Harry Kendall should not be competing at these Commonwealth Games. Not really.
The decathlete dislocated his ankle in training just six weeks ago - June 20 to be precise - only two days before Team England announced the athletes selected for Birmingham 2022.
But after undergoing five weeks of rehab and an intense training week, the 25-year-old from Kent came through the opening day of the 10-event competition to sit in sixth place.
“I dislocated my ankle six weeks ago so the lead up to this has basically been five weeks of rehab and one week of cramming in every technical event,” he revealed.
“I was pole vaulting and it was pretty much my first session back since I got my PB at national champs, ran through on the bed got my spike stuck in the mat and it popped out.
“I didn’t realise, took another step landed one my toe and thought, that doesn’t feel right. I pushed down and felt it pop back in and thought, ‘Oh gosh, that hurts.
“It was the 20th of June, and I can’t thank Team England and the Commonwealth Games enough for getting me to this point because without them I’d have been stuck.
“I was debating not telling them at all and just trying to keep my place in the team because it was two days before they announced it, but I rang them up straight away.
“They said go for an MRI, move up to Loughborough to get treatment and without them I wouldn’t be here so really, really grateful to them for that.”
Kendall opened his competition with a 11.25 second run in the 100m, before leaping to 7.10m in the long jump and finishing the morning session with a shotput attempt of 1.91m.
He completed the first day of decathlon action with a high jump effort of 1.91m before crossing the line in the 400m in fourth for midway points total of 3924 at Alexander Stadium.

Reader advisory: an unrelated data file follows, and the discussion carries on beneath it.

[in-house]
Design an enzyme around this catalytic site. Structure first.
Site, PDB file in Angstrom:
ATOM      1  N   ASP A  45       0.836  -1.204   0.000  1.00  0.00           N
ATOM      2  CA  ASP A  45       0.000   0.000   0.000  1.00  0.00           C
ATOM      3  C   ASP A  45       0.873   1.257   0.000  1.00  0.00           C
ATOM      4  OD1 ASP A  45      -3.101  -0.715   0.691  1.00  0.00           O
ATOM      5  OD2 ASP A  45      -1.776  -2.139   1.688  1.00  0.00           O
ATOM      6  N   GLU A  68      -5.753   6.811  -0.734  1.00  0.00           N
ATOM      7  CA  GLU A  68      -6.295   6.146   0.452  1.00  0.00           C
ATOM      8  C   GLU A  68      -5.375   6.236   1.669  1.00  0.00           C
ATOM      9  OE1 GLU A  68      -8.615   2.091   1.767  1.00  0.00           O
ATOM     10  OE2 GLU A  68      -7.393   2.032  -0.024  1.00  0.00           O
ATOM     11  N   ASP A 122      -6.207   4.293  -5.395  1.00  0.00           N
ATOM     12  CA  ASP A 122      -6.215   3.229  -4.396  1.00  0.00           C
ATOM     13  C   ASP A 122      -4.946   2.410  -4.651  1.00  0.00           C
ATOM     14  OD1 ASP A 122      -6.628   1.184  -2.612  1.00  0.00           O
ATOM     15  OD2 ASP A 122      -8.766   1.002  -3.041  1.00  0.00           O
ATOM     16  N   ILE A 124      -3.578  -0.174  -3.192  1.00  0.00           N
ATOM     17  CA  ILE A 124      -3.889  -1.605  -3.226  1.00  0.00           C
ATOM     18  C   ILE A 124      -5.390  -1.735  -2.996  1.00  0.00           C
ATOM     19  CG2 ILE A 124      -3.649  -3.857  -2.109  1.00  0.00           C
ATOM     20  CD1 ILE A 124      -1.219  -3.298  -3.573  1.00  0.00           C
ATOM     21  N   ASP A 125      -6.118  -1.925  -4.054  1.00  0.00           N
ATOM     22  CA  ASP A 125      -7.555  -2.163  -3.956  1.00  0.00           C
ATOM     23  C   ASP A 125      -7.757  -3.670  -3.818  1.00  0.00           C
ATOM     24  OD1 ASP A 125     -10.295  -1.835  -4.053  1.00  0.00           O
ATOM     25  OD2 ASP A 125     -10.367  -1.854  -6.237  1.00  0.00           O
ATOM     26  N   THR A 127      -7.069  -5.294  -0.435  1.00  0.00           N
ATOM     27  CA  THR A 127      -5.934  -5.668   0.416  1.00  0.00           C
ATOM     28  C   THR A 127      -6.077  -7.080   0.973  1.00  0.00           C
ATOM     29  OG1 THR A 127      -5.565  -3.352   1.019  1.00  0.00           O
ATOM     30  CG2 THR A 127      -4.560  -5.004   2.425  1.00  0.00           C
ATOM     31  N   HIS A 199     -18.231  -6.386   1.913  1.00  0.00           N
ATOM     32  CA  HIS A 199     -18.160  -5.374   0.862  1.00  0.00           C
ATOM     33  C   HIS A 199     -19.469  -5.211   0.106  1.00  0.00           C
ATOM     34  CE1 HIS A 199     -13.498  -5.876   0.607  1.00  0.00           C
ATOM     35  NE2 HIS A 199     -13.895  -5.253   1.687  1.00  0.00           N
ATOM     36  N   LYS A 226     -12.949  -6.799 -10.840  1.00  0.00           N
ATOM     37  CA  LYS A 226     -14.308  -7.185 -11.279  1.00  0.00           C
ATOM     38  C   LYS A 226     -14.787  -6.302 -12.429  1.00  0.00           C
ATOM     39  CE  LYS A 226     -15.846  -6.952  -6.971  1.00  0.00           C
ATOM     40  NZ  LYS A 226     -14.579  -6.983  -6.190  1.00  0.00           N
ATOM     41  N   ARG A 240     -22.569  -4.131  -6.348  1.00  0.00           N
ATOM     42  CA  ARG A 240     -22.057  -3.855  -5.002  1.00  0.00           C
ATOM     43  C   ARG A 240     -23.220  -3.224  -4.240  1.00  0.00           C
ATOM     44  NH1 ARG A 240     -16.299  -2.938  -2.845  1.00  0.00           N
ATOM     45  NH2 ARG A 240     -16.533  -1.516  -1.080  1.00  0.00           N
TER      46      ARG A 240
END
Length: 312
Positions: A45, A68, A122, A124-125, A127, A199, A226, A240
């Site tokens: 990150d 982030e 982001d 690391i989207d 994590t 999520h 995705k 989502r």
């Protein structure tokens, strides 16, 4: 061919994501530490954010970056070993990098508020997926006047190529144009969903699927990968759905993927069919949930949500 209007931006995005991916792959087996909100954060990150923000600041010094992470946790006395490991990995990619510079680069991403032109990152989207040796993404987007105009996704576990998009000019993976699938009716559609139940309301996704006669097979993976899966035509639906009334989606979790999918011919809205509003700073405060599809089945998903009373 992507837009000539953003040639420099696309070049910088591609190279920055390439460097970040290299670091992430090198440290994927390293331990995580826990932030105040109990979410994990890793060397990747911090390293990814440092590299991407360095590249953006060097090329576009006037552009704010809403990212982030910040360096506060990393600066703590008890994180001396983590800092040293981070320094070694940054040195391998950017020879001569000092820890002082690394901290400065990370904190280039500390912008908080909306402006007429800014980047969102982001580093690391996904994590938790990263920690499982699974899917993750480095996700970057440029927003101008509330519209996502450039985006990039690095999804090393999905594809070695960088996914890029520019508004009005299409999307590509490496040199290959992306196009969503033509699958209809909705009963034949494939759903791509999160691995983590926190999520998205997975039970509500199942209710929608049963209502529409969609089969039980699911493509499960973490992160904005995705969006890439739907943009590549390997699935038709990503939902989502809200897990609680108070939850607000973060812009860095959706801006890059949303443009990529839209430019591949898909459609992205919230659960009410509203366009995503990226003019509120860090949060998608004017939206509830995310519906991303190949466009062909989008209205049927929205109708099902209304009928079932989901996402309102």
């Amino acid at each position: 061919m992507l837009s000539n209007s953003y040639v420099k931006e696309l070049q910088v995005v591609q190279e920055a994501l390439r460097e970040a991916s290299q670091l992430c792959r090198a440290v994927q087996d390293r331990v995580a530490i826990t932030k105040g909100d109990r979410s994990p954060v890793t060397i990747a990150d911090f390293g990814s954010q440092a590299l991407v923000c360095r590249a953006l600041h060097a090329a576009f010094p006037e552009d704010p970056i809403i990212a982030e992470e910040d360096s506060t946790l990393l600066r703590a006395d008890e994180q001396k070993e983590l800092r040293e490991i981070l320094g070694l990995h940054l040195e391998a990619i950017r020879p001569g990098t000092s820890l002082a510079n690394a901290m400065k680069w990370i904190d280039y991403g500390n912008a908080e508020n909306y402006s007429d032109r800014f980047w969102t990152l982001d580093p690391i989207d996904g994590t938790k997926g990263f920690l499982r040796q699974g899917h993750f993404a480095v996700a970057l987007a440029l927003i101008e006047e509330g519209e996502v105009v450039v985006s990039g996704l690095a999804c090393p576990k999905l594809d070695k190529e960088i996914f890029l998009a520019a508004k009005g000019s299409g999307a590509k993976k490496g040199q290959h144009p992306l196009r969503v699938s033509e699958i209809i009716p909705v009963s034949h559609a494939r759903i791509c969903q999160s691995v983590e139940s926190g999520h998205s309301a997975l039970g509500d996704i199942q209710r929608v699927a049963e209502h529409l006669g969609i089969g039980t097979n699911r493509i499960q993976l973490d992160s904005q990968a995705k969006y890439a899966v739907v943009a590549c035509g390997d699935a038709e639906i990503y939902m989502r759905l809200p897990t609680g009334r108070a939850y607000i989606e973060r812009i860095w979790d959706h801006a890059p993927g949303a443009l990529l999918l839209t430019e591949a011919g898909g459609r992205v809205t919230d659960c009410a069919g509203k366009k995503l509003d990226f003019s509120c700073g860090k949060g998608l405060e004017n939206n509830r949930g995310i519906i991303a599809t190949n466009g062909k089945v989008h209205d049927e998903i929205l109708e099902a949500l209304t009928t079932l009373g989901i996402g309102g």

“It’s less than ideal but it is what it is,” Kendall continued. “I told Team England, I told the management, I wouldn’t have competed here if I didn’t hope to come out and do myself justice.
“I think under the circumstances I’ve done all right. 100m is down but that was more my start, I just didn’t react to the gun. I heard it go and thought, ‘Oh I better run now’.
“As an experience, it’s the best experience of my life so far. It took me until the long jump to realise how invested they were in it, I thought I’ll use this it’s home field advantage.
“It’s like playing Mario Kart and driving over a mushroom, you get a boost. You would be silly not to use it and obviously my day would have been 10 percent worse if I’d not had them cheering me.
“Obviously coming into this, my first major champs, no one knows who I am. They are just happy I’m wearing an England vest so hopefully I can raise the profile of decathlon in this country.”
A medal now looks out of Kendall’s reach, with Grenada’s Lindon Victor (4327) and Kurt Felix (4145) currently in gold and bronze medal position with Cedric Dubler (4242) in second.
But to even complete the event would be an achievement of incredible human endurance.
“To be honest I haven’t really had any pain in it for the last week or two. That 400m was the only time I felt anything,” added Kendall, who claimed his first national title earlier this year.
“As a result of dislocating my ankle, I separated two of the ligaments and I also had a stress fracture in the top of my foot which I think might have a been a pre-existing injury.
“I could feel that running around the bend so every time my foot twists in its sore but as far as tomorrow goes, it hasn’t affected me in any of the events, so I’ll be fine.
“Coming into this I would have loved a medal, it might be a bit far off now, but you never know how day two of the decathlon is going to go so I’ll just go and do the best I can.”
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